The Online Resource for Massachusetts Poverty Law Advocates

Immigrants and Public Benefits - Public Charge Information


On January 27, 2020 the Supreme Court voted 5 to 4 to set aside the preliminary injunction from New York that prevented the Department of Homeland Security (DHS) public charge rule from taking effect nationwide. This was the last of the three district court nationwide injunctions standing, which means that the DHS rule can go into effect nationwide while litigation continues, except in Illinois where it is still blocked by a statewide injunction. USCIS announced that the agency will only apply the Final Rule to applications and petitions submitted on or after February 24, 2020 (except for in the State of Illinois). DHS will NOT consider an immigrant’s receipt of the newly listed benefits before Februrary 24, 2020 in the public charge determination

Once fully implemented, this rule would make it much harder for low- and moderate- income immigrants to obtain lawful permanent resident status (become a “green card holder”). Although the rule is often characterized as one meant to target immigrants who are considered likely to become overly dependent on government benefit programs, the regulation itself only directly affects benefits use by a small number of people. The Trump administration characterizes the rule in this manner in order to invoke fear in the community about the use of benefits and amplify the harm of the rule.

What is "public charge"?

The “public charge” test has been part of federal immigration law for decades. It is designed to identify people who may depend on government benefits as their main source of support. If the government determines someone is likely to become a “public charge,” the government can deny admission to the U.S. or refuse an application for lawful permanent residency (Green Card). 

In August 2019, the Trump Administration announced a rule that would change longstanding public charge policy.  The rule would redefine “public charge”  to include not only immigrants who receive cash benefits or need long-term care, but also people with disabilities, those deemed to have limited earning potential, and participants in many “safety net” programs used by millions of working Americans. It would make it much easier to shut out anyone earning less than 250% of the federal poverty line ($64,375 for a family of four).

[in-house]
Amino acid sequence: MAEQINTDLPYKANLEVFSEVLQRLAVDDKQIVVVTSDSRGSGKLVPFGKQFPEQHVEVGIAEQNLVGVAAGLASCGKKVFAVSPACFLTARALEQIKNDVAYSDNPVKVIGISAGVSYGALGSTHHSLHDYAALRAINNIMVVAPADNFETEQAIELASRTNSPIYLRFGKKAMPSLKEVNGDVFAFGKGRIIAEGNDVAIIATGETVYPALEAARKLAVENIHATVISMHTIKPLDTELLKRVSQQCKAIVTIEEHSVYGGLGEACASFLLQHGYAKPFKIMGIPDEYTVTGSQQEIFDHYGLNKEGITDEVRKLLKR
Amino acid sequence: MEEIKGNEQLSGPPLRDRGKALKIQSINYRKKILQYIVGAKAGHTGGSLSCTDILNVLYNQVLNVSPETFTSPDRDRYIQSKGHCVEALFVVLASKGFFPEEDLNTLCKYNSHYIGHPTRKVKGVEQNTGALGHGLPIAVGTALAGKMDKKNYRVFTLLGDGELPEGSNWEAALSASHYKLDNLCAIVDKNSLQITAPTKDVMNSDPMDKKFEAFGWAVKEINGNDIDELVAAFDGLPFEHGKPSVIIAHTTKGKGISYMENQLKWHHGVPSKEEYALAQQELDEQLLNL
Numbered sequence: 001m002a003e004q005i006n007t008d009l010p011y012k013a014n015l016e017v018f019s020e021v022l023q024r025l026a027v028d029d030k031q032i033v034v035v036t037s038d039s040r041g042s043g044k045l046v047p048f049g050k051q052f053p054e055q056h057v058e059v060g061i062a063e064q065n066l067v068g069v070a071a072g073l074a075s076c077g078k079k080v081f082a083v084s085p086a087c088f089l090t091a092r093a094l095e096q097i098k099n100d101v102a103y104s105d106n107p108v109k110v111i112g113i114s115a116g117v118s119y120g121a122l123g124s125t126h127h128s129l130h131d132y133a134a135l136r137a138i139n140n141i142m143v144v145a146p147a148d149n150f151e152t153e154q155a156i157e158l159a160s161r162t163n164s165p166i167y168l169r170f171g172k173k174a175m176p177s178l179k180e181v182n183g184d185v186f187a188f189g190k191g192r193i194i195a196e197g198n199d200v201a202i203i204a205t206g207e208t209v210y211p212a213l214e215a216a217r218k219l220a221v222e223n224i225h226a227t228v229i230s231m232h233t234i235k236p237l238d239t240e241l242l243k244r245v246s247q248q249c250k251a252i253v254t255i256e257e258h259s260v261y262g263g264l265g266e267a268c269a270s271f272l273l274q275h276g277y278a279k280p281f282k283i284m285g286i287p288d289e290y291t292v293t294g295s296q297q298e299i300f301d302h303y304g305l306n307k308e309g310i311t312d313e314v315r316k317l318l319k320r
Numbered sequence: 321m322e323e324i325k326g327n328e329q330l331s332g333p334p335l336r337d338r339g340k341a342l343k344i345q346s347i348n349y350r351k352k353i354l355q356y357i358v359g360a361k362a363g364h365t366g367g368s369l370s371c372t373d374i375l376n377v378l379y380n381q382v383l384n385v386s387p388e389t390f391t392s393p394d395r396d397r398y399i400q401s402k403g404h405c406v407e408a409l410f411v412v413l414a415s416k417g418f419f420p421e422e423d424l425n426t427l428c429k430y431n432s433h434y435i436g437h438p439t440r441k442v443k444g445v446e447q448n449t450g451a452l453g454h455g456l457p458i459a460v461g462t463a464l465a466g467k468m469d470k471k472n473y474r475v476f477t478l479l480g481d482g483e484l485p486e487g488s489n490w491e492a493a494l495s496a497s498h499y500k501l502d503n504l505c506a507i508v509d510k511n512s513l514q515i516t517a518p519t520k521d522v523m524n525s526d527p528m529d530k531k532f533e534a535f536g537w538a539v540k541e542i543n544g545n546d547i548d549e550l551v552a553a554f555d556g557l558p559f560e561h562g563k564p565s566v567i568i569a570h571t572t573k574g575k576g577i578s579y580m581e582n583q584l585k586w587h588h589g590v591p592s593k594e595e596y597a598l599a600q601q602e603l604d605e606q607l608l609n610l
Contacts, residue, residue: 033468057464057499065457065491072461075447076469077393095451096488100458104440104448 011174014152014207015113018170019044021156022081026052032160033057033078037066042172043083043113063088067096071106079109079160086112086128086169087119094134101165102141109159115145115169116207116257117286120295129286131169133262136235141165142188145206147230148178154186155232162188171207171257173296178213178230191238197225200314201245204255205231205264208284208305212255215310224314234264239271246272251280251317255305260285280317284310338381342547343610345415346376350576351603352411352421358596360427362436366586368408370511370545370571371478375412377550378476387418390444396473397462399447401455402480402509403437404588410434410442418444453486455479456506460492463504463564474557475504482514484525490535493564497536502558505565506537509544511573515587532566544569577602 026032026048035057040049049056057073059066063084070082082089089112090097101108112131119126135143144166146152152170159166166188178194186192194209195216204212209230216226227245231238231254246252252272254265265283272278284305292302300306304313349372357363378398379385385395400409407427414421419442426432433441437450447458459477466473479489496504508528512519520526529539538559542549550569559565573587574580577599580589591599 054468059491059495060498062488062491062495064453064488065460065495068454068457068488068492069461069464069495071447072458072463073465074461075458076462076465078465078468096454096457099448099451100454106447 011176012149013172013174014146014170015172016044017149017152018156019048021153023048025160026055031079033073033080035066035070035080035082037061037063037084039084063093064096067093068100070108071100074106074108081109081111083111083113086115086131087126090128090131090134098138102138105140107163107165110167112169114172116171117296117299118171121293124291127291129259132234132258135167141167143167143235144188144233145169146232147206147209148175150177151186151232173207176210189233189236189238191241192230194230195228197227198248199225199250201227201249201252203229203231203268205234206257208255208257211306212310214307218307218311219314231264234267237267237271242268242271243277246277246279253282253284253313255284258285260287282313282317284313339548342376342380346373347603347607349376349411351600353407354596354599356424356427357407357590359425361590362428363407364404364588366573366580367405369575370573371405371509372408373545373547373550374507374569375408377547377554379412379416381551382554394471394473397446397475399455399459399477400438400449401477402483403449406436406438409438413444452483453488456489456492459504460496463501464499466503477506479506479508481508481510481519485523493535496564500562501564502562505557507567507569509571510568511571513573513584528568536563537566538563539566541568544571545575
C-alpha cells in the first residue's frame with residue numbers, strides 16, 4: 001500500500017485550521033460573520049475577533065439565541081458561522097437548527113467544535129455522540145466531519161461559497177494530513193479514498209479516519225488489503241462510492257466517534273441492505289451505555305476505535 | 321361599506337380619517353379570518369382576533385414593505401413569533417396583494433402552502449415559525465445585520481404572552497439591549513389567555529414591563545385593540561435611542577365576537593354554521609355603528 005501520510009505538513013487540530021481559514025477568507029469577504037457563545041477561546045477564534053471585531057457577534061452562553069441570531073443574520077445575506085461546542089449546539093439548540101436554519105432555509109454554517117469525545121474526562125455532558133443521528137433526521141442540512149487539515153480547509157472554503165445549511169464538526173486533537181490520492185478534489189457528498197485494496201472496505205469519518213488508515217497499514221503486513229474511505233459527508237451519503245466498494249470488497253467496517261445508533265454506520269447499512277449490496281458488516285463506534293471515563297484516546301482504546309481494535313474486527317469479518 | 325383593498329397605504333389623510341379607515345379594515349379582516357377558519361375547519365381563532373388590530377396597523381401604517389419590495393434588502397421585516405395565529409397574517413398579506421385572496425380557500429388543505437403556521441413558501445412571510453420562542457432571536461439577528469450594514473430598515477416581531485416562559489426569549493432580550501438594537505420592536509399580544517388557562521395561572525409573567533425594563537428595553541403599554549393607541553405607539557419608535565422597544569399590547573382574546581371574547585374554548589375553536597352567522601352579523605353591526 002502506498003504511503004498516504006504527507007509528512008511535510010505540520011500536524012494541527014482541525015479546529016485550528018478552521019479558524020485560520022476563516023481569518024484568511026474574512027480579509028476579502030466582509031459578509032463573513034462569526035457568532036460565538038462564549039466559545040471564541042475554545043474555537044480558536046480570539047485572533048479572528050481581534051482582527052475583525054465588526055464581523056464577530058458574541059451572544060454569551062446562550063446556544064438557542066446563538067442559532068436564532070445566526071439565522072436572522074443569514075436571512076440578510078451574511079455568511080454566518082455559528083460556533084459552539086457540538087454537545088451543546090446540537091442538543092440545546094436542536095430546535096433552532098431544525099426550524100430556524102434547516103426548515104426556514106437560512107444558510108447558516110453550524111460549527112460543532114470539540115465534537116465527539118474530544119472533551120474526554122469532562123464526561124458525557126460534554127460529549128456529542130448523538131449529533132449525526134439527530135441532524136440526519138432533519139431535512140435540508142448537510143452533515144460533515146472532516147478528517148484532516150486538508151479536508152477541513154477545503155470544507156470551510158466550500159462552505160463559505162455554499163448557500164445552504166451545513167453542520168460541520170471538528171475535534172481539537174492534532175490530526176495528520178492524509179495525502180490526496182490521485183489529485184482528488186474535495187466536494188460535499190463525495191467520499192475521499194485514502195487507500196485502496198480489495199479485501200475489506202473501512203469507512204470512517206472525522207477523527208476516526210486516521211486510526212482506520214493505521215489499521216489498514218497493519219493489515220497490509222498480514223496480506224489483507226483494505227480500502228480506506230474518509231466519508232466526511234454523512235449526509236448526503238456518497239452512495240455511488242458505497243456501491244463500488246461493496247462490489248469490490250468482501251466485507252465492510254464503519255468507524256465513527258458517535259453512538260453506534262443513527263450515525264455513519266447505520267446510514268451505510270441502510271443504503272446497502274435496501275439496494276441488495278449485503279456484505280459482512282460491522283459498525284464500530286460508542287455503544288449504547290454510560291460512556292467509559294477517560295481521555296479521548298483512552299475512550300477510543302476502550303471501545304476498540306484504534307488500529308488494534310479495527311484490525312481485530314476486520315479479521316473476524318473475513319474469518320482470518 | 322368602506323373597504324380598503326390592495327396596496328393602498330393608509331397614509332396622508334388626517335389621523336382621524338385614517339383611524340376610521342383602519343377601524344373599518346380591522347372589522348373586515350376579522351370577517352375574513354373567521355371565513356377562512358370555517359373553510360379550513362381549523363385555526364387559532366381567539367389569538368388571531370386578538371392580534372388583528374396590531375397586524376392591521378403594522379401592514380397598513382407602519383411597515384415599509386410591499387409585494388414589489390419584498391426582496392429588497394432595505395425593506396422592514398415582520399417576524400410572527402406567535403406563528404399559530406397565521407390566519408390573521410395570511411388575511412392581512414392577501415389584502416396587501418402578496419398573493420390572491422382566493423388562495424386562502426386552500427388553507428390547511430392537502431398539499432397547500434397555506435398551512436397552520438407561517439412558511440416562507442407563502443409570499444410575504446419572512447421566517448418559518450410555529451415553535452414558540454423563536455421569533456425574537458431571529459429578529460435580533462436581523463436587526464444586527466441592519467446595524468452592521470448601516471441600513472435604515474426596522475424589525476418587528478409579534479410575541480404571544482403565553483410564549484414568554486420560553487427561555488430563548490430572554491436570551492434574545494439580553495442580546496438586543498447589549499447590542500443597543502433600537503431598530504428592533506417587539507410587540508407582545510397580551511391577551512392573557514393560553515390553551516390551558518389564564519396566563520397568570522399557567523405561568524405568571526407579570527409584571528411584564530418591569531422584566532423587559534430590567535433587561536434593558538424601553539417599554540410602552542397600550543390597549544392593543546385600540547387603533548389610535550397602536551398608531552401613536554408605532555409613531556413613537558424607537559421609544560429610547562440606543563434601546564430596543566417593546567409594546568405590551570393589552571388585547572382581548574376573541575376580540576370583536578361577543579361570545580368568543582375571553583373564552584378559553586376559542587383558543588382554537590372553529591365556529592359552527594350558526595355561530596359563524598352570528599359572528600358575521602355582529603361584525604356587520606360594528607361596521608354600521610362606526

The rule is not retroactive. This means that the new changes will not be used by immigration officials until after the rule goes into effect.  Further, legal challenges are being filed to stop the rule, including a lawsuit filed by the Commonwealth of Massachusetts and 12 other states. Visit our litigation tracker to learn more. 

Please note:

  • Some immigrants are not subject to the public charge determination- such as refugees, asylees, or green card holders (LPRs) seeking US Citizenship. 
  • People should assess their individual situation in deciding whether to enroll in a public benefit program.
  • There may be no advantage to disenrolling from a program at this time.

Where do I learn more?

Materials are being updated and will be added as they become available. 

Find extensive information about public charge from the Protecting Immigrant Families Campaign here:ProtectingImmigrant

Contact your local legal services program about public charge and other immigration issues. To find who to contact in your area, go to:

The MA Department of Transitional Assistance (DTA) has compiled a list of legal services and community groups who may be able to advise on questions about public charge. We recommend calling to determine if the organization is able to answer public charge questions. Click here for the list in English and in Spanish

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